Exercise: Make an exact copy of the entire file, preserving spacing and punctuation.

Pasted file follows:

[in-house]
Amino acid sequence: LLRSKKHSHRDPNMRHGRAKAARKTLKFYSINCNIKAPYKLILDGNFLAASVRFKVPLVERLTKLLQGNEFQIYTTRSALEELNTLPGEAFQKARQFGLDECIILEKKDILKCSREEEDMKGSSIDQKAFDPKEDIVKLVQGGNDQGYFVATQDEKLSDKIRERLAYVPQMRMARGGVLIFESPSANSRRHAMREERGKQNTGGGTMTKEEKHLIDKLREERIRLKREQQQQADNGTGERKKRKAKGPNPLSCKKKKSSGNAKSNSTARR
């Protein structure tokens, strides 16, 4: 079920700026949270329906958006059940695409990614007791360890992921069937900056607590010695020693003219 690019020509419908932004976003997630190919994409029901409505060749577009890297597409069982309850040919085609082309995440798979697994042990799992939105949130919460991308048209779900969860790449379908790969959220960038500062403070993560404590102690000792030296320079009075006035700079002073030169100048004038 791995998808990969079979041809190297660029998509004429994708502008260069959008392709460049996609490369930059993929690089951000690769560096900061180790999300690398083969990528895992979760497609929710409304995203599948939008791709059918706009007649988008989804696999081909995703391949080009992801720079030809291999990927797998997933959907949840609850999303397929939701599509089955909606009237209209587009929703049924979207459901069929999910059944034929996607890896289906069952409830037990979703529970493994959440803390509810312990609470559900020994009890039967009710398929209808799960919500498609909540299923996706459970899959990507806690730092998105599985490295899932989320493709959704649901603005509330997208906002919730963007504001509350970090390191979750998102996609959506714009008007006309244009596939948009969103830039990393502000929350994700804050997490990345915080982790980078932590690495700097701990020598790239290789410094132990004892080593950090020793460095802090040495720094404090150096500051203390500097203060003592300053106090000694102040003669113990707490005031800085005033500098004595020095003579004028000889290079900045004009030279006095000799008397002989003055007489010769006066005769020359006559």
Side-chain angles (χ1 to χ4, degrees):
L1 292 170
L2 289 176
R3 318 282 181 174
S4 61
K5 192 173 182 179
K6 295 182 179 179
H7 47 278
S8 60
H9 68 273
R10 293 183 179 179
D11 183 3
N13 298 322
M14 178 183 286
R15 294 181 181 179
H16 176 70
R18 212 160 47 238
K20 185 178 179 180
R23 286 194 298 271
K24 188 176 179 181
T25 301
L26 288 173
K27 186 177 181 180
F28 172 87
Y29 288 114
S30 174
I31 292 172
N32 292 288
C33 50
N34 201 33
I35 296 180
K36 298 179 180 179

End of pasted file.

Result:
[in-house]
Amino acid sequence: LLRSKKHSHRDPNMRHGRAKAARKTLKFYSINCNIKAPYKLILDGNFLAASVRFKVPLVERLTKLLQGNEFQIYTTRSALEELNTLPGEAFQKARQFGLDECIILEKKDILKCSREEEDMKGSSIDQKAFDPKEDIVKLVQGGNDQGYFVATQDEKLSDKIRERLAYVPQMRMARGGVLIFESPSANSRRHAMREERGKQNTGGGTMTKEEKHLIDKLREERIRLKREQQQQADNGTGERKKRKAKGPNPLSCKKKKSSGNAKSNSTARR
């Protein structure tokens, strides 16, 4: 079920700026949270329906958006059940695409990614007791360890992921069937900056607590010695020693003219 690019020509419908932004976003997630190919994409029901409505060749577009890297597409069982309850040919085609082309995440798979697994042990799992939105949130919460991308048209779900969860790449379908790969959220960038500062403070993560404590102690000792030296320079009075006035700079002073030169100048004038 791995998808990969079979041809190297660029998509004429994708502008260069959008392709460049996609490369930059993929690089951000690769560096900061180790999300690398083969990528895992979760497609929710409304995203599948939008791709059918706009007649988008989804696999081909995703391949080009992801720079030809291999990927797998997933959907949840609850999303397929939701599509089955909606009237209209587009929703049924979207459901069929999910059944034929996607890896289906069952409830037990979703529970493994959440803390509810312990609470559900020994009890039967009710398929209808799960919500498609909540299923996706459970899959990507806690730092998105599985490295899932989320493709959704649901603005509330997208906002919730963007504001509350970090390191979750998102996609959506714009008007006309244009596939948009969103830039990393502000929350994700804050997490990345915080982790980078932590690495700097701990020598790239290789410094132990004892080593950090020793460095802090040495720094404090150096500051203390500097203060003592300053106090000694102040003669113990707490005031800085005033500098004595020095003579004028000889290079900045004009030279006095000799008397002989003055007489010769006066005769020359006559």
Side-chain angles (χ1 to χ4, degrees):
L1 292 170
L2 289 176
R3 318 282 181 174
S4 61
K5 192 173 182 179
K6 295 182 179 179
H7 47 278
S8 60
H9 68 273
R10 293 183 179 179
D11 183 3
N13 298 322
M14 178 183 286
R15 294 181 181 179
H16 176 70
R18 212 160 47 238
K20 185 178 179 180
R23 286 194 298 271
K24 188 176 179 181
T25 301
L26 288 173
K27 186 177 181 180
F28 172 87
Y29 288 114
S30 174
I31 292 172
N32 292 288
C33 50
N34 201 33
I35 296 180
K36 298 179 180 179